Cheryl Hickey could have easily gone to a Division I school. She could have decided to focus solely on academics at the Coast Guard Academy — they did not have a women’s tennis team, after all. Instead, she became an ITA Singles All-American — on the men’s team.

When she was initially accepted to the Coast Guard Academy, Hickey knew that there was no women’s team, there was not even enough women for a club team, so she reached out to Coach Jim Hazlin to see if she could join the men’s team. She knew the Coast Guard believed in equal opportunities for both male and female cadets.

“The coach was like ‘Sure, come during summer and hit with us,’” Hickey recalled. “He didn’t seem that serious, but when I showed up and he saw that I could play at a higher level – he realized that this person could help the team.”

According to Coach Hazlin, women had walked onto the team prior to Hickey, but she was the first woman to be good enough to earn a varsity singles spot. He credits her drive and determination for her success.

2004 Coast Guard Men’s Tennis Team // Photo courtesy of Cheryl Hickey

It did not take long for the team to accept her as part of the program. They bonded over watching the opposing players’ faces when they realized that they had to play a woman.

“There were a lot of funny facial expressions,” chuckled Hickey. “[My teammates] would get a kick out of watching their faces kind of fall and everyone would just look at them. Nobody wanted to lose to the girl.”

Hickey admitted there were benefits to that mentality.

“I always felt like I got a good match because everyone played hard because they didn’t want to lose to the female on the team,” Hickey said.

Hickey had more than a good match or two — she had an outstanding season. She was named an ITA Singles All-American her freshman year. Looking back, she admitted, there is a likely reason that she was unable to repeat her stellar year.

“It is harder to keep up that higher level when you are not playing as much [as other student-athletes] because of Coast Guard commitments, so that is probably why I did better earlier on in my tennis career,” Hickey said.

Despite the challenges that Hickey faced, she always felt like she was respected by everyone on the court .

“All of the players, coaches and teams we played were all very nice, welcoming and accepting of me,” Hickey said.

Hickey cherishes her memories and time at the Coast Guard Academy even though it was not initially on her radar — especially since she was fielding Division I offers. She even was committed to the University of Missouri before ending up at the Coast Guard.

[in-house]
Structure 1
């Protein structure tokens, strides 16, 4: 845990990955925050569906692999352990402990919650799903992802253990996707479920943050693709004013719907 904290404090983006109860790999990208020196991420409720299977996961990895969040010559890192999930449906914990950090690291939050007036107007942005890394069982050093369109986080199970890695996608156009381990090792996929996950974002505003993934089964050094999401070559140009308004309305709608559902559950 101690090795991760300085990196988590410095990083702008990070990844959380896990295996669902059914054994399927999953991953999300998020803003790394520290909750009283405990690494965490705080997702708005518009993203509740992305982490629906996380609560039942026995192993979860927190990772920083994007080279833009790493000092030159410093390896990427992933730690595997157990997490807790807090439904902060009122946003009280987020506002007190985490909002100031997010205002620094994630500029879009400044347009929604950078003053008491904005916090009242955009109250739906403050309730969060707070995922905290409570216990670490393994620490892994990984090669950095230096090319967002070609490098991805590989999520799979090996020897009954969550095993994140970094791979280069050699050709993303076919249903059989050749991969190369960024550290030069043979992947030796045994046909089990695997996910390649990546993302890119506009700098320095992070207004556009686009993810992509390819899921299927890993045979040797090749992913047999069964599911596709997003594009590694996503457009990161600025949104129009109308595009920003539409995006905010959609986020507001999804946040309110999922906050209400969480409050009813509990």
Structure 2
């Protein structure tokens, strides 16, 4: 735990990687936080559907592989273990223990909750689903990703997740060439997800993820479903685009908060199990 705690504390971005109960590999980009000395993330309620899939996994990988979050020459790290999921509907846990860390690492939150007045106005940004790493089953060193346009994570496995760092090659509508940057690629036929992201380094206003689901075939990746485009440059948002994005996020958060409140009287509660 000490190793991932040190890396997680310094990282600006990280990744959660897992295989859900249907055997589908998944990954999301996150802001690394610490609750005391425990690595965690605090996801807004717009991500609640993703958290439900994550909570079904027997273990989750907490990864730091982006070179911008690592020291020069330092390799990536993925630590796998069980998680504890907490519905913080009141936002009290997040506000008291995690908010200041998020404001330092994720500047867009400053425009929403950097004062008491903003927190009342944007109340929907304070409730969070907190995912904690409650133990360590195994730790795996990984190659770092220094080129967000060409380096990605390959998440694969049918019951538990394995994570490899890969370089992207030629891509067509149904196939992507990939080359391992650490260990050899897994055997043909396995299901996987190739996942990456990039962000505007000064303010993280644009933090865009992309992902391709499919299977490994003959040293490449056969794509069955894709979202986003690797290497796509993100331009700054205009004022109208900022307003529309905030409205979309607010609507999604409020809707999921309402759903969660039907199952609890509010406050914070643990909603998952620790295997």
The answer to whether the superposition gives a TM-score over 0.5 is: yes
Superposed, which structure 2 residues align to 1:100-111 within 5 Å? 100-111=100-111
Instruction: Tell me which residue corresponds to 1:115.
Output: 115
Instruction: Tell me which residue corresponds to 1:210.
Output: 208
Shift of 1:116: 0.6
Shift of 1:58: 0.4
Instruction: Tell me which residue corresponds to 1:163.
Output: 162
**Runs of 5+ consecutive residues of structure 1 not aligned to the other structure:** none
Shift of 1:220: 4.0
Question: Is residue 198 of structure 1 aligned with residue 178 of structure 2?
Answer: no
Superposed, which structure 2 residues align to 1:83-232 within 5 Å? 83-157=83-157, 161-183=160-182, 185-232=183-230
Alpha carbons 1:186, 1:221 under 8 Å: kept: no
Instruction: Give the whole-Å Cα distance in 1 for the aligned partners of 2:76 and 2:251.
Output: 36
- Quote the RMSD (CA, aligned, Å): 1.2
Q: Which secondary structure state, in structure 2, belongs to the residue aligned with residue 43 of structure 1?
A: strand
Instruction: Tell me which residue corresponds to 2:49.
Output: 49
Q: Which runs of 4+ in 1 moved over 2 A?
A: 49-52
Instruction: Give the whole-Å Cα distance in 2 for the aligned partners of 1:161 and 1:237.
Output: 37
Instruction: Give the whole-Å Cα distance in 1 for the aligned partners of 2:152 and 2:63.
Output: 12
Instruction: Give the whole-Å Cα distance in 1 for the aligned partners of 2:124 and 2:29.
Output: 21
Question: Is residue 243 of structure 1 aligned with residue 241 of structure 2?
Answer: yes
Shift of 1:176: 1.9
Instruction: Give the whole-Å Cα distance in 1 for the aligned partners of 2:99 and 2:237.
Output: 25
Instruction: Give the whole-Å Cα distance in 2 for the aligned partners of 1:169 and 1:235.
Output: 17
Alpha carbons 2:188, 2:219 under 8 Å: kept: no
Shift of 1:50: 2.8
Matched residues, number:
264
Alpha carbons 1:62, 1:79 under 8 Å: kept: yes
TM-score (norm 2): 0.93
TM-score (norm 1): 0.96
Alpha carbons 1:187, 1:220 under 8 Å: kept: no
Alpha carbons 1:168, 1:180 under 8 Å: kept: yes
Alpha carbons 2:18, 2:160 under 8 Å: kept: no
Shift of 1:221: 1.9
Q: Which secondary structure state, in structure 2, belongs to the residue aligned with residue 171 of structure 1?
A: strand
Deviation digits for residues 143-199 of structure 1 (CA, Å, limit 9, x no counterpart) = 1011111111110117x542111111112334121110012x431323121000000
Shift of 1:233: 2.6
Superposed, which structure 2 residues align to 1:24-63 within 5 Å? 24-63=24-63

It was her interest in the Air Force Academy that helped her discover the Coast Guard Academy.

While in high school, she went to an open house for all of the military academies where she ran into the father of one of her tennis friends who just happened to be the Coast Guard representative. That is when everything clicked.

“He really sold the Coast Guard and the opportunity for women,” Hickey said. “All jobs in the Coast Guard are open to men and women and that was really appealing to me.”

After graduating from the Coast Guard Academy, Hickey went on to do three tours in the Coast Guard for a total of eight years. After her discharge, she attended medical school at LSU and is now in her fourth year of residency double boarding in internal medicine and emergency medicine.

Hickey has been through a number of challenging events in her life but her freshman year at the Coast Guard Academy – where she took over 20 credits while becoming an All-American – was still the most difficult.

“Having gone through med school, residency, the Coast Guard, and the Coast Guard Academy — the first year at the academy was still the hardest year of my life,” Hickey reflected.

Hickey believes that the demanding life of a Coast Guard Cadet coupled with her determination has been instrumental in her success on and off the court.

“Even if people don’t take you seriously at first, if you have the skills and the drive, they eventually will,” Hickey said.

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